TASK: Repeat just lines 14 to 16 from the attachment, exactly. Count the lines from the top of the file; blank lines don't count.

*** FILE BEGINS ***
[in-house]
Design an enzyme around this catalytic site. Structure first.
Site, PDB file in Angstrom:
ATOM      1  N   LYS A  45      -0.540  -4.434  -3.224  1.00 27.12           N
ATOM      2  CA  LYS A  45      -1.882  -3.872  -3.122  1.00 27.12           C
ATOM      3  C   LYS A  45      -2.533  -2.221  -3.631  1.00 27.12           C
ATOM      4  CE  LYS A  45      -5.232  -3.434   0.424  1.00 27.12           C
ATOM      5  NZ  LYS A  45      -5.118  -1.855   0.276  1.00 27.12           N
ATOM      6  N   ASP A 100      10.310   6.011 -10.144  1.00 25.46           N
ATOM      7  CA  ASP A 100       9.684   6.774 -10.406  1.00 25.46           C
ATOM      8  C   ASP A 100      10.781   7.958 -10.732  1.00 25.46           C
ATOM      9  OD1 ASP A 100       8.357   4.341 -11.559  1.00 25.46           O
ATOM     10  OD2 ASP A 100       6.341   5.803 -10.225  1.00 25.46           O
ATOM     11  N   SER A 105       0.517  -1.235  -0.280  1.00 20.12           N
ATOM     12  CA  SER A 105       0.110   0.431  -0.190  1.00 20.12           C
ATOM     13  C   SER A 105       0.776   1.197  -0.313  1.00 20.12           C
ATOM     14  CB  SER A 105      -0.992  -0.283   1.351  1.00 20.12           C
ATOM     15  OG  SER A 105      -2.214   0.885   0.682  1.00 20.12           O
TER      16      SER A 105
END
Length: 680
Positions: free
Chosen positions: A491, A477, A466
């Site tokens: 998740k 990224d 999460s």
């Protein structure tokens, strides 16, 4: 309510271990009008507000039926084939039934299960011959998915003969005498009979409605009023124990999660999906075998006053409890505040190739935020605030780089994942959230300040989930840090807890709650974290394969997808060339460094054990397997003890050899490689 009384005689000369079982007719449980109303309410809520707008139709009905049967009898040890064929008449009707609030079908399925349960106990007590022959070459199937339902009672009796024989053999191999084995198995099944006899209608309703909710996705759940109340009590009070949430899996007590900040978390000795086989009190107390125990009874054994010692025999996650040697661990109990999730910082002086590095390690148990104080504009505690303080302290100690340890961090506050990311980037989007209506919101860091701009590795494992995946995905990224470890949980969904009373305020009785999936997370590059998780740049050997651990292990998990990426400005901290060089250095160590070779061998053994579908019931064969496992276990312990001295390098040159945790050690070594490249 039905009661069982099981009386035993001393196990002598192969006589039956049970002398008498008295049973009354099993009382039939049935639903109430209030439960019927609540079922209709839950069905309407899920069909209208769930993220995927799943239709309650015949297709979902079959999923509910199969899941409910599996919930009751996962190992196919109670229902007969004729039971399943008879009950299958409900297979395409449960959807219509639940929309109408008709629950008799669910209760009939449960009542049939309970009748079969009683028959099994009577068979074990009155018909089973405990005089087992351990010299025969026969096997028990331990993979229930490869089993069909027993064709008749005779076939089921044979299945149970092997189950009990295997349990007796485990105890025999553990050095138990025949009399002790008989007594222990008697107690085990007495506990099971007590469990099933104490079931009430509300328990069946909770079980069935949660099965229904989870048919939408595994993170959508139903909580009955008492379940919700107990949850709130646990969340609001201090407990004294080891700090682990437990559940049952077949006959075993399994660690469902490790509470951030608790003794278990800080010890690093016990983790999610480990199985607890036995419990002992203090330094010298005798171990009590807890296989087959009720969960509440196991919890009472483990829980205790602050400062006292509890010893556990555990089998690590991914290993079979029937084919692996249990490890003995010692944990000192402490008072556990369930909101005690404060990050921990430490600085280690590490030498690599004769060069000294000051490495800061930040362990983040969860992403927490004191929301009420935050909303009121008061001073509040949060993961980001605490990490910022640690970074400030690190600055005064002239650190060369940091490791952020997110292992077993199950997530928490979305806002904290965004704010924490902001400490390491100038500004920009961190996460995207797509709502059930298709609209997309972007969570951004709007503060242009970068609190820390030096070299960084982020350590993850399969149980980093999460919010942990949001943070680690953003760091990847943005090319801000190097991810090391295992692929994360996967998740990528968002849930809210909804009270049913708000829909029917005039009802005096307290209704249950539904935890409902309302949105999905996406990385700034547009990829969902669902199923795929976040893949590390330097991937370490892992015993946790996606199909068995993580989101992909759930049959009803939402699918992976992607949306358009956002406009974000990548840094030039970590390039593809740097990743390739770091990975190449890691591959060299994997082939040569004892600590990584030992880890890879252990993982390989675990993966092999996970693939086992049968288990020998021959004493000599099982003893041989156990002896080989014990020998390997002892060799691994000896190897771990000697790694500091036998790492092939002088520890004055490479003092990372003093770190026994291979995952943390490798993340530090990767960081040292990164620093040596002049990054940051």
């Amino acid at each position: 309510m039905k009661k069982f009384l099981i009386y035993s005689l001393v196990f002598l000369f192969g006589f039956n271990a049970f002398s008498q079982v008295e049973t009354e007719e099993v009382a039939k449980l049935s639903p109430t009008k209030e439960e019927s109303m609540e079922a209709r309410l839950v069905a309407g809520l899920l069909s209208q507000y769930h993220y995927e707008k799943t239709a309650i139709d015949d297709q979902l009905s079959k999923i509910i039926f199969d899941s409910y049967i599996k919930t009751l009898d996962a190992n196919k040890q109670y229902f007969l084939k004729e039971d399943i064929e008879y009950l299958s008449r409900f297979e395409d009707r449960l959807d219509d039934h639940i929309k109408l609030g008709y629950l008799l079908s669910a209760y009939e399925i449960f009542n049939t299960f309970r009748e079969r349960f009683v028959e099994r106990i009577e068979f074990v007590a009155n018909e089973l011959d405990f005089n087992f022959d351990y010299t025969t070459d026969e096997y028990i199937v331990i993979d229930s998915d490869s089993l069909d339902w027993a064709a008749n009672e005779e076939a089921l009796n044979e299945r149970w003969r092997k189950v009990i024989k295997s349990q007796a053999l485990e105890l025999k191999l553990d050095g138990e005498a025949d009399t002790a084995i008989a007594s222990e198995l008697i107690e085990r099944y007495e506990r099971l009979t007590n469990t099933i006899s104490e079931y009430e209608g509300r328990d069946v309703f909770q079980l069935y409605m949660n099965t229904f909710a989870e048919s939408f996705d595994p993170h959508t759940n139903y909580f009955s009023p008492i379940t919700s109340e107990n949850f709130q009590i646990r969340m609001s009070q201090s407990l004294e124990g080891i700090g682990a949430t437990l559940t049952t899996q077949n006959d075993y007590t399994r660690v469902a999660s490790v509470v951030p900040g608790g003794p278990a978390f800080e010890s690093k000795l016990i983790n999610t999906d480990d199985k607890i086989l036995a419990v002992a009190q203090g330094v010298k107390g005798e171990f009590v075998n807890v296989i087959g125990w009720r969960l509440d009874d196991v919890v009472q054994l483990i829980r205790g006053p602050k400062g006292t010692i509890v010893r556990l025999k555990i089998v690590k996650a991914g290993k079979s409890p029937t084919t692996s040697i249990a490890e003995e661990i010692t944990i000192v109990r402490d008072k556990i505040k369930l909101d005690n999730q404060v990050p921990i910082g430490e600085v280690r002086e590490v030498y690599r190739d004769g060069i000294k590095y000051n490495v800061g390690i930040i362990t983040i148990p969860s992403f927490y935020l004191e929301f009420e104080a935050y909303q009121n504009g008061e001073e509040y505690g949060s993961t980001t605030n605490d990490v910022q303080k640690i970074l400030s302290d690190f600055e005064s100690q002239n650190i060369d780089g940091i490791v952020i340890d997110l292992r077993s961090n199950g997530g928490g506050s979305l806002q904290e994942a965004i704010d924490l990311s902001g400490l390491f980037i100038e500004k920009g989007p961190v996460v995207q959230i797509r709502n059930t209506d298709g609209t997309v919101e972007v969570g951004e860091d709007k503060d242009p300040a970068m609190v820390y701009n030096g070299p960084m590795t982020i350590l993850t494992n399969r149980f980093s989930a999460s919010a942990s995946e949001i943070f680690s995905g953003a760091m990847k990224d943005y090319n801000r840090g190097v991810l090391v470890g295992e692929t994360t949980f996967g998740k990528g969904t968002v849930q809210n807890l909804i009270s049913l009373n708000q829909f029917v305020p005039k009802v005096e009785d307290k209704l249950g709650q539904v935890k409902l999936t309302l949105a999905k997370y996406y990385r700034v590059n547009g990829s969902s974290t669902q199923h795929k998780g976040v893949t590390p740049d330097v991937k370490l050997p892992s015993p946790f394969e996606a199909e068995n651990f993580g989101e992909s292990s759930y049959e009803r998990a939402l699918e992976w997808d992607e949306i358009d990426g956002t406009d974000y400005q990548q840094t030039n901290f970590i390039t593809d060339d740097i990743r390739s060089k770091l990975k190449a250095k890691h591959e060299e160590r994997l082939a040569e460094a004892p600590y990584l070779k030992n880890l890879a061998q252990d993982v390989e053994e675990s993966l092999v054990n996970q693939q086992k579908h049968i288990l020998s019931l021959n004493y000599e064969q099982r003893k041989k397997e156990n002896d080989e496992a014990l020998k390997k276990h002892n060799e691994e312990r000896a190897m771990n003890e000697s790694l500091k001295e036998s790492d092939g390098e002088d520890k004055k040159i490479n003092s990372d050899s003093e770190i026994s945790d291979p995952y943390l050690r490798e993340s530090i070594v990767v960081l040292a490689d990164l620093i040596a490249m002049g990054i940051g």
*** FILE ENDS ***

ATOM     11  N   SER A 105       0.517  -1.235  -0.280  1.00 20.12           N
ATOM     12  CA  SER A 105       0.110   0.431  -0.190  1.00 20.12           C
ATOM     13  C   SER A 105       0.776   1.197  -0.313  1.00 20.12           C